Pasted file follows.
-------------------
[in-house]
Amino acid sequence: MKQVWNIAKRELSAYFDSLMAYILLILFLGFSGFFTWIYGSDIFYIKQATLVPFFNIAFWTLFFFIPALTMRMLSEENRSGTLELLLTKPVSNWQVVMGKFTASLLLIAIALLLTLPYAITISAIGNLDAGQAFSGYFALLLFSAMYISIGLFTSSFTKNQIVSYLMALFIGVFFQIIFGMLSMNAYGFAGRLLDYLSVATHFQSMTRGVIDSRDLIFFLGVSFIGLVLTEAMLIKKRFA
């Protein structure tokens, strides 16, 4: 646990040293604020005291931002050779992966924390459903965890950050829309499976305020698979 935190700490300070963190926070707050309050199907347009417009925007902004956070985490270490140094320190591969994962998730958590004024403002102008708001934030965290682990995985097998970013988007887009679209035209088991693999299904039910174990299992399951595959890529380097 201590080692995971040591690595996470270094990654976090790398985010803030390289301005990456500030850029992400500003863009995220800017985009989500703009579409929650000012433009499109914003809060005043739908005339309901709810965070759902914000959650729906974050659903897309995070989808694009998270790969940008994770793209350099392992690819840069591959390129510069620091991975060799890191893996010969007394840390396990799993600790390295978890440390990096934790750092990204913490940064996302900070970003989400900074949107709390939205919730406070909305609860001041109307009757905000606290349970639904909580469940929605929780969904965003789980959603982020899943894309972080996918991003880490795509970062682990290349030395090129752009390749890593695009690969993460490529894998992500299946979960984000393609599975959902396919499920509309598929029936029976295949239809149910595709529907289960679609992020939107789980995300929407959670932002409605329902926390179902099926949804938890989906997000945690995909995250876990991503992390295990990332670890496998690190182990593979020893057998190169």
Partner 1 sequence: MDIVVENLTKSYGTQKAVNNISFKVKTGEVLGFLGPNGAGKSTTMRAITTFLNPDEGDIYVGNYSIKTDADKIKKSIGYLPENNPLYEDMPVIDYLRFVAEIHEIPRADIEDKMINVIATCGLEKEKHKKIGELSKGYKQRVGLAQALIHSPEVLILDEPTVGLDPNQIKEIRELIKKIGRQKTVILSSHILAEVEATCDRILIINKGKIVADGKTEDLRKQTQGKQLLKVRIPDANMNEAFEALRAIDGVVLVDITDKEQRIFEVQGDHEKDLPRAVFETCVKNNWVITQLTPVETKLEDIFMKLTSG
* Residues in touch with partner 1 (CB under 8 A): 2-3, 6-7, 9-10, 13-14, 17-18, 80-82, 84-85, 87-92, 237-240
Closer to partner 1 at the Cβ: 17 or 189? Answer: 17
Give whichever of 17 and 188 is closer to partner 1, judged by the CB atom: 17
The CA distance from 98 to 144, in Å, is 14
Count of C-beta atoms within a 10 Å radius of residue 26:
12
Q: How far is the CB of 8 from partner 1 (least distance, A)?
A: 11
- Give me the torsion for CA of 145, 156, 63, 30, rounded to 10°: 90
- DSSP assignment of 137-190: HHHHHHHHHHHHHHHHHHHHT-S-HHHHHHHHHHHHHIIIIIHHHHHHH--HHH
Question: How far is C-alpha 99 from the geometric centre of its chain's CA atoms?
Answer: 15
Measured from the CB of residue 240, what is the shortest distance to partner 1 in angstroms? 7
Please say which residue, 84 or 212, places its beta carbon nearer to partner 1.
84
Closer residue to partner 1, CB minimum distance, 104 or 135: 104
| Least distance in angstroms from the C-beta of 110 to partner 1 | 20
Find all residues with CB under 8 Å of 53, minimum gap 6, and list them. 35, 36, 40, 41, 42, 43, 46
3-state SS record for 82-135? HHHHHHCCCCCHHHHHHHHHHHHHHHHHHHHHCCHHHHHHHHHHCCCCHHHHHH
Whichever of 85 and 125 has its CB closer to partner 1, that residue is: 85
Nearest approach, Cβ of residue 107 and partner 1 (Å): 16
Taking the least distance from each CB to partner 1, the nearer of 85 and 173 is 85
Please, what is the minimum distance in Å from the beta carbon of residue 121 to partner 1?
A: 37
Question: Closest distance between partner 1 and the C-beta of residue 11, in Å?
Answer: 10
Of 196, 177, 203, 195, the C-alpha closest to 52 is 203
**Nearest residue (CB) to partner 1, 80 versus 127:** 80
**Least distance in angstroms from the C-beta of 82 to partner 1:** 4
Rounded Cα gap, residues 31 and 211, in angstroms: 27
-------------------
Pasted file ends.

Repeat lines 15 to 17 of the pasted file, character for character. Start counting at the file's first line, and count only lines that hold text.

Question: How far is C-alpha 99 from the geometric centre of its chain's CA atoms?
Answer: 15
Measured from the CB of residue 240, what is the shortest distance to partner 1 in angstroms? 7